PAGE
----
Mock Newbery Finalist: ATTACK OF THE BLACK RECTANGLES by Amy Sarig King
Introduction by Heavy Medal Award Committee Member Janee Jackson-Doering
“I am here to protect all of us from the ugly world.” Laura Samuel Sett, Sixth Grade Teacher
In the world of Amy Sarig King’s novel, ATTACK OF THE BLACK RECTANGLES, adults like Ms. Sett write letters to the newspaper and enact laws on everything to keep their “perfect” town safe. No Halloween celebrations. No junk food. Even thinking “bad things” is a problem.
Sixth Grader Mac Delaney has ignored all the town’s rules. He’s a free-thinking kid who’s been raised by his mom and Grandad to call out things that are wrong. At the elementary school, Mac and his friends, Marci and Denis, are assigned to read The Devil’s Arithmetic by Jane Yolen. There’s only one problem: black rectangles are drawn around certain words in the book. Once the kids see this, they visit the bookstore and grab a copy to read the omitted words: breast, undeveloped chest. Feeling violated, the three kids suspect Ms. Sett drew the rectangles – and they intend to right this wrong.
ATTACK OF THE BLACK RECTANGLES is more than just a book about censorship. It’s about kids taking a stand by protesting, speaking at the school board meeting, and voicing their frustrations.
It’s about Mac understanding his unreliable father’s erratic behavior is a result of mental illness – and coming to terms that he’s not the father Mac needs him to be.
It shows how Tweens feel when well-meaning grownups – like Principal McKenny – dismiss their valid concerns not just because they’re children – but because the grownups know something is wrong and they’re forced to actually do something about it. Or not. When Mac, Marci and Denis report to McKenny their copies of The Devil’s Arithmetic are censored, she checks into it. However, she doesn’t replace the copies Ms. Sett distributed and doesn’t resolve the problem.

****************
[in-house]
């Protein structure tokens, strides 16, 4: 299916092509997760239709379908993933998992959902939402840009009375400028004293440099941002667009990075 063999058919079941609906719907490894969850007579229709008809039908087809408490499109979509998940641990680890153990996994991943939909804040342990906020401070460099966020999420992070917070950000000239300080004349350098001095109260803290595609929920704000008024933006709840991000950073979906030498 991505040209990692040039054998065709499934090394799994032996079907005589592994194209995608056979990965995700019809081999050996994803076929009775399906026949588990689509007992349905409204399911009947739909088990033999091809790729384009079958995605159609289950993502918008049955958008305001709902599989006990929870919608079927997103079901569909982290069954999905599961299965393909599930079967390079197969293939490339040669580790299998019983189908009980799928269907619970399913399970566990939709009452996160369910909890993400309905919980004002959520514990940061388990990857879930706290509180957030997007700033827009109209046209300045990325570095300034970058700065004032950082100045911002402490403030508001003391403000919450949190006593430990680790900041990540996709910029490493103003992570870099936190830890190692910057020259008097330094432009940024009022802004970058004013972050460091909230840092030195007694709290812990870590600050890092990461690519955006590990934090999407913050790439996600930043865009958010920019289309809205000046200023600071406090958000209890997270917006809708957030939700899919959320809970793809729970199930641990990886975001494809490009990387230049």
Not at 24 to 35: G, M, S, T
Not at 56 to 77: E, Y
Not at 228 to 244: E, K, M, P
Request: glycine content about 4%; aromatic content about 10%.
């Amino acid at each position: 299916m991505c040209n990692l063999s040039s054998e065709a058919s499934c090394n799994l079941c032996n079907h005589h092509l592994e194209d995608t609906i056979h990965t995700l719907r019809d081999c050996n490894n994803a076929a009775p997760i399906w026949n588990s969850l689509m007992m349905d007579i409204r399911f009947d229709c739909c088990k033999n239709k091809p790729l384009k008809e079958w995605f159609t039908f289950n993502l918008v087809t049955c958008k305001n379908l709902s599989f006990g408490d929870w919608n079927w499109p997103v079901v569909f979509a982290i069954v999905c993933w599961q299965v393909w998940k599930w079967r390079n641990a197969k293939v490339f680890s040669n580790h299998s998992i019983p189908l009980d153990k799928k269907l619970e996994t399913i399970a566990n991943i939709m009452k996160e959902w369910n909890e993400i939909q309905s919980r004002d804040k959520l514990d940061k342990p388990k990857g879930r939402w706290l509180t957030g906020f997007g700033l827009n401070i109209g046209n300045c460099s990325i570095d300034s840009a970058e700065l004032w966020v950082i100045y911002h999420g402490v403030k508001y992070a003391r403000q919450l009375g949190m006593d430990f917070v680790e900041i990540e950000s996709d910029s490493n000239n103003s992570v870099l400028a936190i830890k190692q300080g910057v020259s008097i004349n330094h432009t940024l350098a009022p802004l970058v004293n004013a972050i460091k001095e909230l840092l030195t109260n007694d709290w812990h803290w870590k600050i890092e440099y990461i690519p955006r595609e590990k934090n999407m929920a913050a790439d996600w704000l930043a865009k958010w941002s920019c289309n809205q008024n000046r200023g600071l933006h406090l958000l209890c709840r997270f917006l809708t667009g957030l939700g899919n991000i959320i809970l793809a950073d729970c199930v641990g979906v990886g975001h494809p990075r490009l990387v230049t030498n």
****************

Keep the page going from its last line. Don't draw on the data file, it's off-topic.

It’s about intellectual freedom, tolerance/intolerance, finding grace in uncomfortable situations and finding out who you are.
I loved how Mac, Denis and Marci stood up for intellectual freedom. These kids are smart, resilient, and relatable. I adored Mac’s hip, meditating Grandad, Marcus – who reveals to Mac that he fought in the Vietnam War, killed two men, and struggles with the shame of that decision (pg. 187).
ATTACK OF THE BLACK RECTANGLES shows readers that there are ugly truths about our world. Yet, like Mac and his friends, you can face those truths and hopefully, change the status quo.
Mac says, “What happens next, if we let it happen, is the truth sets us free. Even if it makes us uncomfortable or sad. It’s still better to know the truth than it is to be lied to.” (pg. 257)
Strong characters and excellence in presentation of themes make ATTACK OF THE BLACK RECTANGLES a worthy Newbery Medal contender.
Heavy Medal Award Committee members and others are now invited to discuss this book further in the Comments section below. Please start with positive observations first; stick to positives until at least three comments have been posted or we reach 1:00 pm EST. Let the Mock Newbery discussion begin!
About Steven Engelfried
Steven Engelfried was the Library Services Manager at the Wilsonville Public Library in Oregon until he retired in 2022 after 35 years as a full-time librarian. He served on the 2010 Newbery committee, chaired the 2013 Newbery Committee, and also served on the 2002 Caldecott committee. You can reach him at email@example.com.
SLJ Blog Network